House Energy Panel Approves ‘Green’ Stimulus Plan
The plan, approved 34-17 by the House Energy and Commerce Committee, includes the transmission of wind-generated electricity, expanding efficiency and conservation projects, and insulating low-income homes.
The measure is expected to be voted on next week in the full House of Representatives.
Republicans and Democrats, however, were deeply divided on which sectors the money should be spent. The Republican attempts to include more loan guarantees for nuclear and clean coal technologies were rebuffed.
“This is a job stimulus bill, and there are literally 100,000 jobs that could be added if we increase our nuclear portfolio,” said Rep. Fred Upton (R-Mich.).
Upton introduced an amendment which would make nuclear and clean coal power eligible for the loans by changing the language of the bill to further apply to “zero emissions energy.”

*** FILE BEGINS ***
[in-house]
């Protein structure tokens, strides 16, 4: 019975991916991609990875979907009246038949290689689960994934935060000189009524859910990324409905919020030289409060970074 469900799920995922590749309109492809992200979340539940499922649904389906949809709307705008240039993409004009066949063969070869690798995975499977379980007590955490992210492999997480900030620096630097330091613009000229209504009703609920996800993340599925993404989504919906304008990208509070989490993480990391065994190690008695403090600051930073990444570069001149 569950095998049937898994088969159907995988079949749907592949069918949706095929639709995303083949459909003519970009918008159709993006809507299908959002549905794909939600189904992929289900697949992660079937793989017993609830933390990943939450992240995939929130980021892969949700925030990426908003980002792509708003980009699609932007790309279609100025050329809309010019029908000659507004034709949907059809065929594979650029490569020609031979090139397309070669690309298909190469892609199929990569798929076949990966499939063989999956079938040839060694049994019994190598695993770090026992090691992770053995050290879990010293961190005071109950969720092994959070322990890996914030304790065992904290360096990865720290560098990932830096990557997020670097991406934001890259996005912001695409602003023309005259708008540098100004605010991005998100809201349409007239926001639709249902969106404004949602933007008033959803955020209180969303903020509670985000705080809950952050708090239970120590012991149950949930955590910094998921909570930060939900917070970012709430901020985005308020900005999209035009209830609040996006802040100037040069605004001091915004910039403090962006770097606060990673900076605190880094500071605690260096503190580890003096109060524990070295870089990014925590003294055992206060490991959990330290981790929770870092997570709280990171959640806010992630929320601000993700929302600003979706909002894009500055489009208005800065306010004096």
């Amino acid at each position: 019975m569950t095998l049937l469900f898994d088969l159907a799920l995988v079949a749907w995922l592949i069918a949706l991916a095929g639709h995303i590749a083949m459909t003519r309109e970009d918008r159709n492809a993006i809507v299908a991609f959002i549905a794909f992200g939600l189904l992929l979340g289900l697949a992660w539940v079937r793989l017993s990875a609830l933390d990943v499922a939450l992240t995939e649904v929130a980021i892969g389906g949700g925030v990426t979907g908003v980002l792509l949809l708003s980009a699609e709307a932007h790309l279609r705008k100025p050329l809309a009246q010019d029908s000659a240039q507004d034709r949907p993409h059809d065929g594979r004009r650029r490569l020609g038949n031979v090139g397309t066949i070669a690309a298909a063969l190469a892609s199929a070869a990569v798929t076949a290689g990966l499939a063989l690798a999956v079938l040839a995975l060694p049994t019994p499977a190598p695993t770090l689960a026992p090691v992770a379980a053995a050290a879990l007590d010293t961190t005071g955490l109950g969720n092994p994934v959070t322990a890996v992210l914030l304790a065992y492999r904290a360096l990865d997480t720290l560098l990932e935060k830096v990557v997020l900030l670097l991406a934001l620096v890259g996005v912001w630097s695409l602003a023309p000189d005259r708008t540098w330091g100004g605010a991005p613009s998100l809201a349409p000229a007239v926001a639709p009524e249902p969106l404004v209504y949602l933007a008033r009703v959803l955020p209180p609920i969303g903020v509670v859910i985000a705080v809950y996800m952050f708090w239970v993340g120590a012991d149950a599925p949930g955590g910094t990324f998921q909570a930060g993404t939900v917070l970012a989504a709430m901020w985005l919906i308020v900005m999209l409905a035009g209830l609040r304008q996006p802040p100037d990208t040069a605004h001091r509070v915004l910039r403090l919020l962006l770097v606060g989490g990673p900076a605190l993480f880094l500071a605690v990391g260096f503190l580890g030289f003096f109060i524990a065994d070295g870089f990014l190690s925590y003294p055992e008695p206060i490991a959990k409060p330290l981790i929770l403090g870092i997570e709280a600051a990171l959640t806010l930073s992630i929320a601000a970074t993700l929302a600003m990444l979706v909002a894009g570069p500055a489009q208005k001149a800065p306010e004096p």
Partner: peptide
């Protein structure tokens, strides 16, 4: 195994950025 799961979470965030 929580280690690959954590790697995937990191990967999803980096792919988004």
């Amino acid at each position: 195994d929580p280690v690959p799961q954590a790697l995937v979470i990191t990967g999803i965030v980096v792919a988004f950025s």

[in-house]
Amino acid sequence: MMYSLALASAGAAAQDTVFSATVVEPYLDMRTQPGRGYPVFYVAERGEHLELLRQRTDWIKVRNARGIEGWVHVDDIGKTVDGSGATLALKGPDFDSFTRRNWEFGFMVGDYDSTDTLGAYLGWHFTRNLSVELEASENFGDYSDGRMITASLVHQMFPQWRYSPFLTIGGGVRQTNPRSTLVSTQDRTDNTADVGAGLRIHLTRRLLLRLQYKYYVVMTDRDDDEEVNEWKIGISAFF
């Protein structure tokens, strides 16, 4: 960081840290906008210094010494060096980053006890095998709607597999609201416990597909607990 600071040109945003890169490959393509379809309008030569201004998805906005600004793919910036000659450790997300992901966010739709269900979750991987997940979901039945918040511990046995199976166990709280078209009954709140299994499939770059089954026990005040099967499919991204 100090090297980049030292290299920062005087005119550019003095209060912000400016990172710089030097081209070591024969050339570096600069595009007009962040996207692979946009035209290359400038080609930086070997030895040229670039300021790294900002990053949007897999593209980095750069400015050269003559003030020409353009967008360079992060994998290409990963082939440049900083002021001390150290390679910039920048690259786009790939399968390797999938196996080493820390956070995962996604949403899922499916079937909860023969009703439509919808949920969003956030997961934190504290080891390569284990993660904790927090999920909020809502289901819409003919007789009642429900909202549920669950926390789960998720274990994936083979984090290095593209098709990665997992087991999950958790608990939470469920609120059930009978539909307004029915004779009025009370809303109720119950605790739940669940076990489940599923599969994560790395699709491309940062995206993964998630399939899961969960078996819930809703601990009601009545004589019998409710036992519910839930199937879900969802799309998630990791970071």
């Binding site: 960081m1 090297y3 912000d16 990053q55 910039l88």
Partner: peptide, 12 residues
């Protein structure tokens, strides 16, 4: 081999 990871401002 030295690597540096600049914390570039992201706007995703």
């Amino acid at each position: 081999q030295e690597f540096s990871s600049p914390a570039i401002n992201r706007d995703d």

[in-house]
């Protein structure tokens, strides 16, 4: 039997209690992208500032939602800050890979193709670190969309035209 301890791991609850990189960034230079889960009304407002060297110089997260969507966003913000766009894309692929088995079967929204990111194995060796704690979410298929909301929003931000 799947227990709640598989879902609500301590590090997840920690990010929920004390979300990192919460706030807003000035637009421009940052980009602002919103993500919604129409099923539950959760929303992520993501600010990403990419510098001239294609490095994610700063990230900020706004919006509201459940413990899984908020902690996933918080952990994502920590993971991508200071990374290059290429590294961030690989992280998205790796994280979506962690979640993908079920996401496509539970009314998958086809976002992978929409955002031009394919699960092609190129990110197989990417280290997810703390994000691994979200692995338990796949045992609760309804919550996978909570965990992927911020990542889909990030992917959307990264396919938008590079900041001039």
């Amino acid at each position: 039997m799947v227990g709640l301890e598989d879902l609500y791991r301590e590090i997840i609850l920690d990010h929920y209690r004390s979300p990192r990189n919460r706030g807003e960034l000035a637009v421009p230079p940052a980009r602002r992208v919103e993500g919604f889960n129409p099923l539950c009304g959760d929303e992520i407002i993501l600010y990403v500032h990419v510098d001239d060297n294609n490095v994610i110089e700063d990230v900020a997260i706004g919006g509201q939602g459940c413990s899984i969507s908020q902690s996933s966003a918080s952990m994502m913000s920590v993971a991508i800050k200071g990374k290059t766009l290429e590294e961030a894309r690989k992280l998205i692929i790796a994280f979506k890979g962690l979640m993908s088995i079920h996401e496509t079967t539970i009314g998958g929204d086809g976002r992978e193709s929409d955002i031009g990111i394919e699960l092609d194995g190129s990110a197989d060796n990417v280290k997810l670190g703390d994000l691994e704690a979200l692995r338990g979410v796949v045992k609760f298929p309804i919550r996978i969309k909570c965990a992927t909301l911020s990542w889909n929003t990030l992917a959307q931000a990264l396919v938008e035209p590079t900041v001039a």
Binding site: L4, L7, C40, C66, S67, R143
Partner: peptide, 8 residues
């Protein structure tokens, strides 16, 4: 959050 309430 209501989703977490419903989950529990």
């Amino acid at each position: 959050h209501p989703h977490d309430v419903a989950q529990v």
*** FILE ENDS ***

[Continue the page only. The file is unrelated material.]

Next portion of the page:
The Democrats would have no part in the plan, arguing that an investment in nuclear power would not immediately create the much needed stimulus to the economy.
“No amount of incentives will change the fact that no nuclear projects are ready,” said Committee Chairman Henry Waxman (D-Calif.).
Instead, the committee elected to go ‘green’-only with the approved plan.
The approved energy measure is a portion of the $825 billion economic stimulus plan.
Also approved, were $20 billion in energy tax credits and related financial incentives for inclusion in the economic stimulus package.
The legislation, approved by the House Ways and Means Committee, extends tax credits through 2010 for individuals that make energy-efficiency improvements to their homes. Homeowners would be eligible to receive a tax credit of up to $1,500, or 30 percent, of the amount they paid for energy-efficient furnaces, hot water boilers and other energy savings improvements.
Facilities that generate their electricity from renewable energy sources, such as biomass, geothermal, hydropower, wind and solar, would also be available for an extended tax break.